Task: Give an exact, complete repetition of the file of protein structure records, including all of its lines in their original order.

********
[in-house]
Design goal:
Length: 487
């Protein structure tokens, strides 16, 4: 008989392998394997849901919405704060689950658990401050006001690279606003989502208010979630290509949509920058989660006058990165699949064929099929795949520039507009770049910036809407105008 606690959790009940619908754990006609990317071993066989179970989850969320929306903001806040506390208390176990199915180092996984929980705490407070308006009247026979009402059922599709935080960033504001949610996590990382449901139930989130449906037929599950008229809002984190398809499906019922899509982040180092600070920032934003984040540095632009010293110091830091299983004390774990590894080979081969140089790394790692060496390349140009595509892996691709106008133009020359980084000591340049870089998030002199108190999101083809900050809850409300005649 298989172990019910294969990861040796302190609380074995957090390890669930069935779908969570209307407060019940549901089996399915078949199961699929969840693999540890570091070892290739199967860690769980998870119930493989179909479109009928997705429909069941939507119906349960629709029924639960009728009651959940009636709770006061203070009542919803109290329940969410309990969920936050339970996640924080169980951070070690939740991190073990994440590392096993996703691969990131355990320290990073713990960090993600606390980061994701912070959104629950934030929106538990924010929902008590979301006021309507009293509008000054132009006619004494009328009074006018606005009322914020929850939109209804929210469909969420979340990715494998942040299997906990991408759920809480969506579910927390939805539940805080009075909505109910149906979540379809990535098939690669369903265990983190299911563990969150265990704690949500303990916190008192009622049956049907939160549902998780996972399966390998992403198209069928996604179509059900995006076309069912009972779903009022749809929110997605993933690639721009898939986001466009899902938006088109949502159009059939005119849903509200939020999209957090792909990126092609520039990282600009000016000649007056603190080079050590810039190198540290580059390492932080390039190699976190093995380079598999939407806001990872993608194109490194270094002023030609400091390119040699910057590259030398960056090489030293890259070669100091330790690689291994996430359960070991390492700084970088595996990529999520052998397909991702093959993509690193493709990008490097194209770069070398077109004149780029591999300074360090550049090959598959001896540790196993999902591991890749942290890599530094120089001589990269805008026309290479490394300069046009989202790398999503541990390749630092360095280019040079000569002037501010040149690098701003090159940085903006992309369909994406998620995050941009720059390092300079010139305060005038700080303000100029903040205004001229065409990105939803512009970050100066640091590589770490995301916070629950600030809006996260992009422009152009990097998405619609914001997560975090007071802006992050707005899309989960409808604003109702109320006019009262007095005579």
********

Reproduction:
[in-house]
Design goal:
Length: 487
């Protein structure tokens, strides 16, 4: 008989392998394997849901919405704060689950658990401050006001690279606003989502208010979630290509949509920058989660006058990165699949064929099929795949520039507009770049910036809407105008 606690959790009940619908754990006609990317071993066989179970989850969320929306903001806040506390208390176990199915180092996984929980705490407070308006009247026979009402059922599709935080960033504001949610996590990382449901139930989130449906037929599950008229809002984190398809499906019922899509982040180092600070920032934003984040540095632009010293110091830091299983004390774990590894080979081969140089790394790692060496390349140009595509892996691709106008133009020359980084000591340049870089998030002199108190999101083809900050809850409300005649 298989172990019910294969990861040796302190609380074995957090390890669930069935779908969570209307407060019940549901089996399915078949199961699929969840693999540890570091070892290739199967860690769980998870119930493989179909479109009928997705429909069941939507119906349960629709029924639960009728009651959940009636709770006061203070009542919803109290329940969410309990969920936050339970996640924080169980951070070690939740991190073990994440590392096993996703691969990131355990320290990073713990960090993600606390980061994701912070959104629950934030929106538990924010929902008590979301006021309507009293509008000054132009006619004494009328009074006018606005009322914020929850939109209804929210469909969420979340990715494998942040299997906990991408759920809480969506579910927390939805539940805080009075909505109910149906979540379809990535098939690669369903265990983190299911563990969150265990704690949500303990916190008192009622049956049907939160549902998780996972399966390998992403198209069928996604179509059900995006076309069912009972779903009022749809929110997605993933690639721009898939986001466009899902938006088109949502159009059939005119849903509200939020999209957090792909990126092609520039990282600009000016000649007056603190080079050590810039190198540290580059390492932080390039190699976190093995380079598999939407806001990872993608194109490194270094002023030609400091390119040699910057590259030398960056090489030293890259070669100091330790690689291994996430359960070991390492700084970088595996990529999520052998397909991702093959993509690193493709990008490097194209770069070398077109004149780029591999300074360090550049090959598959001896540790196993999902591991890749942290890599530094120089001589990269805008026309290479490394300069046009989202790398999503541990390749630092360095280019040079000569002037501010040149690098701003090159940085903006992309369909994406998620995050941009720059390092300079010139305060005038700080303000100029903040205004001229065409990105939803512009970050100066640091590589770490995301916070629950600030809006996260992009422009152009990097998405619609914001997560975090007071802006992050707005899309989960409808604003109702109320006019009262007095005579």